Why driverless cars can't go everywhere yet
Self-driving cars are now tooling around in a growing number of cities — even giving rides to the public, in some instances — but it'll be years before summoning a robotaxi is routine.
- One big obstacle: Teaching them the rules of the road in each city, which must be done block by block and street by street.
Why it matters: Despite high-profile efforts to get autonomous vehicles on the road, the obstacles — including engineering challenges, capital requirements, regulatory issues and liability questions — are immense, raising questions about how quickly the market can move forward.
Driving the news: Argo AI announced Tuesday that it has begun driverless testing operations in Miami and Austin, two of the eight cities in the U.S. and Germany where it is developing its AV technology.
- It's an important milestone on the path to commercial deployment for the Ford- and VW-backed company.
- Argo is unique for testing cars simultaneously in multiple cities; most of its rivals are focused on mastering one city at a time.
- Founder and CEO Bryan Salesky says the approach will enable Argo to gather richer data so it can quickly scale AVs into a viable business.
Where it stands: So far, only one company — Waymo — has a commercial robotaxi service that's up and running.
- In suburban Phoenix, you can hail a driverless taxi using Waymo's app. But the service is limited to a 50-mile area around Chandler and Tempe — you can't go downtown or to the airport, for example.
- In San Francisco, GM-backed Cruise is giving free rides to the public, but only in certain neighborhoods during overnight hours. It hopes to receive the first permit in California for a paid robotaxi service as early as June 2.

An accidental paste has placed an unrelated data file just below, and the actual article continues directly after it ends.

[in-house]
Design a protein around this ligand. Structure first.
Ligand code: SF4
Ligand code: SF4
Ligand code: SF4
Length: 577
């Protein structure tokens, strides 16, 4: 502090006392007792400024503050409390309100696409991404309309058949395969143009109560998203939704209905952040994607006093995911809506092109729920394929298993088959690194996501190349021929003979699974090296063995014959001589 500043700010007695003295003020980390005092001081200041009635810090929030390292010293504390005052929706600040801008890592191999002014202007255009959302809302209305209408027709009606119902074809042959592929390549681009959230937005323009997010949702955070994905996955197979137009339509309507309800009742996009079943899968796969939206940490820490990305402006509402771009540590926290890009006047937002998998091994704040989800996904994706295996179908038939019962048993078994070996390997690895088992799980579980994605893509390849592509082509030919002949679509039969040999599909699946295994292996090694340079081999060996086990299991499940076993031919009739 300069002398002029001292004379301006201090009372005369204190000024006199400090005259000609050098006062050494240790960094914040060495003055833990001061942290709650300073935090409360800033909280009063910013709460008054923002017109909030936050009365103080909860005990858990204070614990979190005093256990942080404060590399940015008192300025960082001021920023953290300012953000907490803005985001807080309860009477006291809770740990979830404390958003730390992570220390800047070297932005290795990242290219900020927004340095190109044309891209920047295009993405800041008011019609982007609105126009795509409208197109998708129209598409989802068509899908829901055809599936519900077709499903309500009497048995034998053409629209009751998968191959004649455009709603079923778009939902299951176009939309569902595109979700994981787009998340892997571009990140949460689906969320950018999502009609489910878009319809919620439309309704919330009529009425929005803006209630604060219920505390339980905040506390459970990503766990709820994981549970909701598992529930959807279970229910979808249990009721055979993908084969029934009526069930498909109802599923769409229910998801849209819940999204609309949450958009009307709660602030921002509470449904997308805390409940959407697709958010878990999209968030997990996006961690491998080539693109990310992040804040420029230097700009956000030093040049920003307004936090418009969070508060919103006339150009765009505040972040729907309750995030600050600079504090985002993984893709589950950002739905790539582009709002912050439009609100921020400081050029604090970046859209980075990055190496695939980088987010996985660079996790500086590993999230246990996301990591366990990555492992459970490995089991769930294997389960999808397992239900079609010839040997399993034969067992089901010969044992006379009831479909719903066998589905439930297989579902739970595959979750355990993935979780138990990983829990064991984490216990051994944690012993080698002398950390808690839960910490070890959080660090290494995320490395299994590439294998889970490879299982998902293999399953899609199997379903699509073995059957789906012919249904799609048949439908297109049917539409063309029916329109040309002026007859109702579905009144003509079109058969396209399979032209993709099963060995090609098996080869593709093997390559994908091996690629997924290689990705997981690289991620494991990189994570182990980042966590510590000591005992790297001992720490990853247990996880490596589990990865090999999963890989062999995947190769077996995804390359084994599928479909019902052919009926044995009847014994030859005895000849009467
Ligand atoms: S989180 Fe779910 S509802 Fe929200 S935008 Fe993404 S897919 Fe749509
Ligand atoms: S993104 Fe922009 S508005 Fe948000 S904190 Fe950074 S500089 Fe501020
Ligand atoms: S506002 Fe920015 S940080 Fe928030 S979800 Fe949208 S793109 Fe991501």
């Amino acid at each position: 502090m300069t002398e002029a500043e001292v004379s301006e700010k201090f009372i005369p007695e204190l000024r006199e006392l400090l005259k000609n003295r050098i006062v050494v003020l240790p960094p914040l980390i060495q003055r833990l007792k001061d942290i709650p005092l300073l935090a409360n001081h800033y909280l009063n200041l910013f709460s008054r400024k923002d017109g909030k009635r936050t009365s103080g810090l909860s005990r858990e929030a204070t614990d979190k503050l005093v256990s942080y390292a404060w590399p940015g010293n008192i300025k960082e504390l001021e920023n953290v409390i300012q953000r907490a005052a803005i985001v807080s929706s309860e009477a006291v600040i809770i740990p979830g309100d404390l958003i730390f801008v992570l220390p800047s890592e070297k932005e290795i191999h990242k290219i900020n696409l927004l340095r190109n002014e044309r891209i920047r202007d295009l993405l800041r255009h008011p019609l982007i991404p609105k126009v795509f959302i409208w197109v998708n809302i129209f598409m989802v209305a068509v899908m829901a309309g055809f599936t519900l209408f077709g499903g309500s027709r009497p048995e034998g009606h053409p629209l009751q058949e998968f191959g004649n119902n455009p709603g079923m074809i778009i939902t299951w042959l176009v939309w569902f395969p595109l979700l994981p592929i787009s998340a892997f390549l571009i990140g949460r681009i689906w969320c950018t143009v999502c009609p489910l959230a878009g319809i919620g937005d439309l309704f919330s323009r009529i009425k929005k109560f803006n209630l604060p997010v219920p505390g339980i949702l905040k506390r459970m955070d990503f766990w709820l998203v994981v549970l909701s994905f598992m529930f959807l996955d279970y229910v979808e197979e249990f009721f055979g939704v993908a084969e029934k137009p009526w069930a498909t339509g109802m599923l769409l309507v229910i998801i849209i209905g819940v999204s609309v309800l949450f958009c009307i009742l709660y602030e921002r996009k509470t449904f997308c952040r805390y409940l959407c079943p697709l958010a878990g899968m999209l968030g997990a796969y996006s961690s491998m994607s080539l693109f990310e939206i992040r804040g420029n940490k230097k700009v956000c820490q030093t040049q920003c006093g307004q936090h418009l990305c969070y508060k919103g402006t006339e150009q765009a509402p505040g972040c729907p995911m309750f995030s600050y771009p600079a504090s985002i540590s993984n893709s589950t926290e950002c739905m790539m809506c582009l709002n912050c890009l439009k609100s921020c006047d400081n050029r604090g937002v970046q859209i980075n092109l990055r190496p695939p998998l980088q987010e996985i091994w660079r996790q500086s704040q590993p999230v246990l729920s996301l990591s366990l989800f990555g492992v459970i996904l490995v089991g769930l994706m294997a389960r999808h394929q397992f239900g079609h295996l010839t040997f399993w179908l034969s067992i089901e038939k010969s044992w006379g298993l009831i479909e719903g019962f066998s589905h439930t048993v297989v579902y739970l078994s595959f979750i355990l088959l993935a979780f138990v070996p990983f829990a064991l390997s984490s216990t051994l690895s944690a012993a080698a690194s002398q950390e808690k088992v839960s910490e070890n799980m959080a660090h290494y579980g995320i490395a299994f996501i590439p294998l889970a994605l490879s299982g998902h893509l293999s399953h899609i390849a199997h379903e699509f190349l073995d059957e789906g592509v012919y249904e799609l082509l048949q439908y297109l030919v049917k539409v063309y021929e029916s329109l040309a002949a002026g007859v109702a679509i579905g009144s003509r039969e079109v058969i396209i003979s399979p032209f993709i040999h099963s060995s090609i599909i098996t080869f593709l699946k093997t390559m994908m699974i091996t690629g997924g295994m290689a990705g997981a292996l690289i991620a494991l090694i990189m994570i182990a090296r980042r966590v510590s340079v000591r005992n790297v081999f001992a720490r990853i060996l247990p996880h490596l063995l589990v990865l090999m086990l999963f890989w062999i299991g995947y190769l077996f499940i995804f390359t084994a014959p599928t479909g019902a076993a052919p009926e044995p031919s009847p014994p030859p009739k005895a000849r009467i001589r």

- In Las Vegas, another AV developer, Motional, has been running its cars on the Lyft network (with safety drivers behind the wheel) for several years. It plans to launch a fully driverless service in Las Vegas in 2023, with other cities to follow.
Meanwhile, other self-driving tech companies — like Nuro and Aurora — are focused on local delivery or long-haul trucking applications.
Details: Argo's driverless vehicles have operating limitations of their own:
- Only employees can ride for now, and the cars are confined to specific streets and neighborhoods.
- If they encounter heavy rain, they'll pull over and stop. The software doesn't allow them to operate in severe weather like snow, dense fog or hail.
Between the lines: AV developers put their own parameters on where and when their cars can operate safely, then they gradually expand those limits — geography, lighting conditions and weather, for example — as the technology improves and regulations allow.
- Each city is different, with different road layouts and unique local driving behaviors, explains Sam Abuelsamid, principal analyst at Guidehouse Insights, a research and consulting firm.
- People can figure out how to drive in a new city pretty quickly, he says, but training AV software to understand the local rules takes time.
- "Humans are naturally more adaptable than software is," he says. "It's just a reality. We do a better job of adapting to changing conditions than software does."
The bottom line: A driverless car is a lot like a Roomba vacuum: With regular use, it learns to navigate your entire living room. But to find the dust bunnies in your bedroom, it needs to be trained all over again.